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Quebec politics are brutal. I grew up there, cut my teeth on the Quebec media and the tumult of language debates, sovereignty movements, and the obsessive interest in professional sports teams. I get the passion urban Quebecers especially have for good food, late nights, and anything that promotes social cohesion. I also get the sensitivity to perceived threats to that cohesion. And so it is not that surprising to me that Andrew Potter stepped down as Director of the McGill Institute for the Study of Canada after writing an article for Maclean’s that accused Quebec of alienation, among other morale-challenging traits. He wrote the column in a fit of pique after a particularly brutal snow storm that left two people dead and hundreds of people stranded in their cars on a highway, not a snow plough in sight.

It may or may not soon become clear that Dr. Potter was actually asked to step down by the principal of McGill, Dr. Suzanne Fortier. The response to Dr. Potter’s resignation has generated a fair bit of outrage among the chattering class. How, one might ask, can a published opinion piece, even a grumpy, snarky one, justify an administrator resigning—or being encouraged to resign—from his position. The tipping point in this unraveling narrative was the (official) McGill tweet firmly stating that the “views expressed by @JAndrewPotter in the @Macleansmag article do not represent those of #McGill.” Ouch. One can only imagine the conversation among senior administrators and communications staff that led to that tweet—a seriously misguided gesture if ever there were one. Who honestly thought that was a good idea? How could anyone reading Dr. Potter’s Maclean’s piece honestly think it was a formal expression of McGill University? The McGill tweet betrays a defensiveness unbecoming the institution. That’s the sort of reaction a US president shamelessly demonstrates on his smart [sic] phone these days. It is not a big leap to see the McGill tweet not only as institutional distancing but also as censoring, a thinly veiled challenge to academic freedom itself.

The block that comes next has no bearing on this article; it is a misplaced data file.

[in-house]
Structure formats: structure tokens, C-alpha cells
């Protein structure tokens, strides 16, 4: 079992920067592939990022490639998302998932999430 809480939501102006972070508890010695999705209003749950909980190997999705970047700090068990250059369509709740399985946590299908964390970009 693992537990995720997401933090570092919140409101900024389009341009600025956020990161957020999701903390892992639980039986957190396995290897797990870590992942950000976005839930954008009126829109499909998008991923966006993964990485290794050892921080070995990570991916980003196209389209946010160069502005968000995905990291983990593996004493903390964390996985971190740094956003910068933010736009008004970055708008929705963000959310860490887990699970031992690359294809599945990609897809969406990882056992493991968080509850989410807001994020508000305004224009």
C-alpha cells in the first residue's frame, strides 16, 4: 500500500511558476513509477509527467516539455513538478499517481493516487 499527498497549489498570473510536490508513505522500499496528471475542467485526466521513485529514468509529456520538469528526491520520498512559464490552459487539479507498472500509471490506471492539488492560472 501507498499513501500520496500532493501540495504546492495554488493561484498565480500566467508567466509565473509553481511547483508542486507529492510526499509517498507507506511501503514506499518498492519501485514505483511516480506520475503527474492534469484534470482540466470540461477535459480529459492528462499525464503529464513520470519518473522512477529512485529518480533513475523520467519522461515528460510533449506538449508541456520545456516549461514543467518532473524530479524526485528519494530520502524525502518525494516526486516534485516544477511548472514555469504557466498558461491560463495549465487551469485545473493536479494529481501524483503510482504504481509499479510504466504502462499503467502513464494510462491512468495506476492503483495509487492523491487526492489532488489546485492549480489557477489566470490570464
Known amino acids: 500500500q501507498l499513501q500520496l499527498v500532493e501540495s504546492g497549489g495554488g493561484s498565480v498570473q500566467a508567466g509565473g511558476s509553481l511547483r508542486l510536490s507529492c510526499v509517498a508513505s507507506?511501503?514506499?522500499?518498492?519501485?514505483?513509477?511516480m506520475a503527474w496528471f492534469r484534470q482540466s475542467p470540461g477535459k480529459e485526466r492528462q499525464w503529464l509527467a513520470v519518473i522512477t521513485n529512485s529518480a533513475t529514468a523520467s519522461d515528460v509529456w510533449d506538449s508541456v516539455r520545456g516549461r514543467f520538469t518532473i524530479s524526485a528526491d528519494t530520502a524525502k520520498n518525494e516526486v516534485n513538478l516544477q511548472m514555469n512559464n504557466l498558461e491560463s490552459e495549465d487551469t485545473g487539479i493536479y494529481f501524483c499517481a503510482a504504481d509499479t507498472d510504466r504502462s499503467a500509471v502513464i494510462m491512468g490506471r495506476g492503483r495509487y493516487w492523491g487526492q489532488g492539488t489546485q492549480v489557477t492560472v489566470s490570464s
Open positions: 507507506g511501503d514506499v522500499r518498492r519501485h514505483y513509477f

I know of many journalists and colleagues of Dr. Potter across the country who are really distressed by this turn of events, and I should think we haven’t heard the last of it. It will be really interesting to see how the McGill board of trustees will be dealing with the matter—that is, if their deliberations ever lead to a public statement. It would be a pretty bold move for a board to question the head of the university, especially if she did, indeed, insist on Dr. Potter’s resignation.

This is the sort of event that sends chills up our spines. I have done my share of opinion pieces over several decades, not the least of which have appeared in this blogspace. Before I became an academic administrator, I published more than one brassy column about government, arts funding, social priorities, and so on. Not once did anyone at Memorial ever so much as suggest I should tone down the provocation. As a dean, I started a blog while entirely mindful that my voice was no longer fully my own, that my title now assumed a more institutional perspective, not just a personal one. Many people have asked me over the years about how I balance personal and professional voices. I do not have an easy answer, and I do not always manage that balance gracefully. I do know that now, as provost and VP, I censor myself a hell of a lot more than I’d like. But that’s the reality of any serious leadership position. I can’t be out here railing all the time against what bugs me. Some of it is just too personal or sensitive. Any writer might ask herself, how to be bold and provocative while being fair and honest? It’s delicate. Being too safe is dull and boring; being too loud brings on the backlash and the trolling. I respect but cannot abuse academic freedom.

In any event, if I ever thought this university would follow one of my columns with a tweet along the lines of “the views expressed by @ngolfman do not represent those of #Memorial” I’d have to think twice about the whole bloody works—about being in the job, about writing, about expressing myself—and I’d probably be looking for something else to do. Right now, Dr. Potter is probably asking himself, what next?

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